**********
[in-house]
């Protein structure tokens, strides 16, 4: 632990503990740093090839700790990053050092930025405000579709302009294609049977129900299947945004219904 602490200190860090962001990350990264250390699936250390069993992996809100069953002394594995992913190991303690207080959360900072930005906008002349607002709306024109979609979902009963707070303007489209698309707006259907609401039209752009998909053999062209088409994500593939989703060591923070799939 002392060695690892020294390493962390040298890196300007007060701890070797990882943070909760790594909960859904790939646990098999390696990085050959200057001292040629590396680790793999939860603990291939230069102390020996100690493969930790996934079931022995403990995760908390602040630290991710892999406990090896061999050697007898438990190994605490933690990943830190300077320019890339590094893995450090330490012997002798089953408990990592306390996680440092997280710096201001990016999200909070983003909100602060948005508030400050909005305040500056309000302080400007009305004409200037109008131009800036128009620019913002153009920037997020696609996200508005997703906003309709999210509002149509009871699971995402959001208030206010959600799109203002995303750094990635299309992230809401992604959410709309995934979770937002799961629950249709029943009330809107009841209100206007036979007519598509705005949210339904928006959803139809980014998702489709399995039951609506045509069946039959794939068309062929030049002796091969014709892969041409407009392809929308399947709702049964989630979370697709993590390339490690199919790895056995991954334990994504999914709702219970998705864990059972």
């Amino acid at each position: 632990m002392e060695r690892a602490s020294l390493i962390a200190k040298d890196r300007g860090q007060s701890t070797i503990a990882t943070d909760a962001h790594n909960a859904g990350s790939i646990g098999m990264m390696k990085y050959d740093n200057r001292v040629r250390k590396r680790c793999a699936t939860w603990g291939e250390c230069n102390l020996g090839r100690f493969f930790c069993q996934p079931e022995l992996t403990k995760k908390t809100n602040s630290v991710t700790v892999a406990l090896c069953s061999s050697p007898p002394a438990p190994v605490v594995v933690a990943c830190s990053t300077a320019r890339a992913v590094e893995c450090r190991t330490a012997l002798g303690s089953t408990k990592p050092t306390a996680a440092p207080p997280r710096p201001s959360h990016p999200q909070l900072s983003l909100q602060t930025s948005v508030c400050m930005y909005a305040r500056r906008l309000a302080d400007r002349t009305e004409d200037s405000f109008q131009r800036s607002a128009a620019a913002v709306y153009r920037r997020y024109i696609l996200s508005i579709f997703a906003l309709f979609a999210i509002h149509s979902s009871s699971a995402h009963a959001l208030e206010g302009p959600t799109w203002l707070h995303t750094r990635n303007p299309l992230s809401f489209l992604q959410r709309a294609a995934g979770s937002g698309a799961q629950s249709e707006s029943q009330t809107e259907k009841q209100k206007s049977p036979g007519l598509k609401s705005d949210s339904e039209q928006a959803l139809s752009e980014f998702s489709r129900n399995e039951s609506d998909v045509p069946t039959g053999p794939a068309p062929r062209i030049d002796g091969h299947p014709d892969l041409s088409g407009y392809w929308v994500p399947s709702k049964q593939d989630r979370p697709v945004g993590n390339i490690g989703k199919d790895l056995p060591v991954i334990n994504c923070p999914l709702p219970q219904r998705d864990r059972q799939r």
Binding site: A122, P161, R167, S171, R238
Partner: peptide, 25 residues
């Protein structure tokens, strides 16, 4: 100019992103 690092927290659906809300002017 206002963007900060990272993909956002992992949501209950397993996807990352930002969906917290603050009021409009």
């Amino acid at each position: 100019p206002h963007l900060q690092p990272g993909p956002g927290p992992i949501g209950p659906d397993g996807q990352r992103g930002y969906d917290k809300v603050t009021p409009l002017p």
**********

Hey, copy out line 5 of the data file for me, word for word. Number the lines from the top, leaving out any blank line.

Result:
Partner: peptide, 25 residues